As the little niche of retro photo apps grows, can Realmac jump into the fray and come out with a success or will Analog just be another lackluster entrant? Let’s take a look and find out!


Our sister site iPhone.AppStorm had a big day today with Apple’s ‘Let’s talk iPhone’ announcement! As it’s pretty likely that at least some readers will want the lowdown on the news, it was only fair to give you a heads up. While this is a summary of the important facts, be sure to check back over the coming days for analysis and editorial articles.

Well it’s official, we have a new iPhone today and it’s called the iPhone 4S. There was a lot of big news that came out of Cupertino today, most of it covered live via Twitter.

But if you weren’t there to watch it all go down, don’t worry, we’ve got you covered. Hit that button and let’s get into all of the big news of the day.

Read more on iPhone.AppStorm…

The market for download managers has always been small and shady, at least for the Mac. I’ve never really needed one, although I am also not entirely happy with how the downloads are managed through the Downloads folder. However, for people who spend a lot of their time downloading huge files, sometimes the few extra features that download managers offer could come in handy.

While the market for these type of apps isn’t very big, here we’ll present to you some of the best options we could find. Why would you need a download manager? Which one suits your needs? Let’s find out.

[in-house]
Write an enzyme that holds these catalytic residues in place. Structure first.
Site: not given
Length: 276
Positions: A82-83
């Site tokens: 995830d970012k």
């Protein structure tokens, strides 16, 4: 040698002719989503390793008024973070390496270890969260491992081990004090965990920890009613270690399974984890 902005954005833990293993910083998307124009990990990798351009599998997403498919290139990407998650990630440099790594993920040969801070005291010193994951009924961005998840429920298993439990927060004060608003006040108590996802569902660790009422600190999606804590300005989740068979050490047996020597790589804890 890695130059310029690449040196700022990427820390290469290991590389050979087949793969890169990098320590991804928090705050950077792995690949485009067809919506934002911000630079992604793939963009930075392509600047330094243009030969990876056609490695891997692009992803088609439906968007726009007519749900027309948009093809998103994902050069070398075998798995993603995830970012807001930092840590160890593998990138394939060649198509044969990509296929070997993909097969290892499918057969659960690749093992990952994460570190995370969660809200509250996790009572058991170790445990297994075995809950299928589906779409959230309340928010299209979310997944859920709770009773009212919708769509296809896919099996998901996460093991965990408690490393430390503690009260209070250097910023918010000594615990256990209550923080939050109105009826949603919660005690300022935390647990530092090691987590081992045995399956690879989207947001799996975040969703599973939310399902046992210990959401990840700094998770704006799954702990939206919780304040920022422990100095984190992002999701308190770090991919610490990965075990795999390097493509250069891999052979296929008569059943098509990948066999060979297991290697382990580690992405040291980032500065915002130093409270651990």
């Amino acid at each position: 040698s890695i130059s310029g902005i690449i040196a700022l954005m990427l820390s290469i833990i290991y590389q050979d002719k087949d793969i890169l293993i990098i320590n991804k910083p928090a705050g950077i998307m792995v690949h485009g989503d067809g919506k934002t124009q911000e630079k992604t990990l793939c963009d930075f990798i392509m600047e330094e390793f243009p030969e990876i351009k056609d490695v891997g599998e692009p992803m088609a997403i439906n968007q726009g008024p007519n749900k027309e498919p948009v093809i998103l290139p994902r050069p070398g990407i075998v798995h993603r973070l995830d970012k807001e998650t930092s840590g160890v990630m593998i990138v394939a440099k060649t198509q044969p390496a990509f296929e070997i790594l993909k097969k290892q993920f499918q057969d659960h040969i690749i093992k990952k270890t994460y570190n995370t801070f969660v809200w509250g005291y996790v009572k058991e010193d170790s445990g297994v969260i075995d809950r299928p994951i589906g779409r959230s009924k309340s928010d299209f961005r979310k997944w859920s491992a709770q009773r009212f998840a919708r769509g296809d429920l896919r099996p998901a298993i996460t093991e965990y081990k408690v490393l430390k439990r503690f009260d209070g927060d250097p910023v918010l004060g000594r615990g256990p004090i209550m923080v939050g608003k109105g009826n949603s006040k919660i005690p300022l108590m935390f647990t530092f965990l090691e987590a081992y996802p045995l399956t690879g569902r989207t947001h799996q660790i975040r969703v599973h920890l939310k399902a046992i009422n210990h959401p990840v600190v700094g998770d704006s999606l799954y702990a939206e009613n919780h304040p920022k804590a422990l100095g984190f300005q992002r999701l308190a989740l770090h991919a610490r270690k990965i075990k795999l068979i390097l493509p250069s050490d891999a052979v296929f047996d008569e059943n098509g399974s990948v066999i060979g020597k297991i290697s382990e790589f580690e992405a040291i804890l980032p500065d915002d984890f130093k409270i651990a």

Last week while researching an introduction to Disk Utility I came across some extremely varied arguments regarding the usefulness of repairing permissions (check out that article for a discussion of what repairing permissions actually does).

I’ve personally long seen “Repair Permissions” as a nice little troubleshooting tool that I turn to when nothing else seems to solve a given issue. If something isn’t working quite right and I can’t hunt down the source of the problem, I repair my permissions to see if the situation improves. Sometimes it does, many times it doesn’t. Either way, it’s always worth a shot!

In my research, I came across tons of other people who seem to share this sort of “cure all” mentality towards repairing permissions. Some go so far as to recommend repairing permissions as part of setting up daily maintenance scripts.

On the other side of the argument though there are folks that don’t see much, if any, value in this action. There’s an old blog post on the Unsanity site actually titled “Repairing Permissions is Useless,” which makes a very informed case against the idea that repairing permissions is a solution to a wide variety of problems, though the author does in fact accept that it should be tried as a last resort.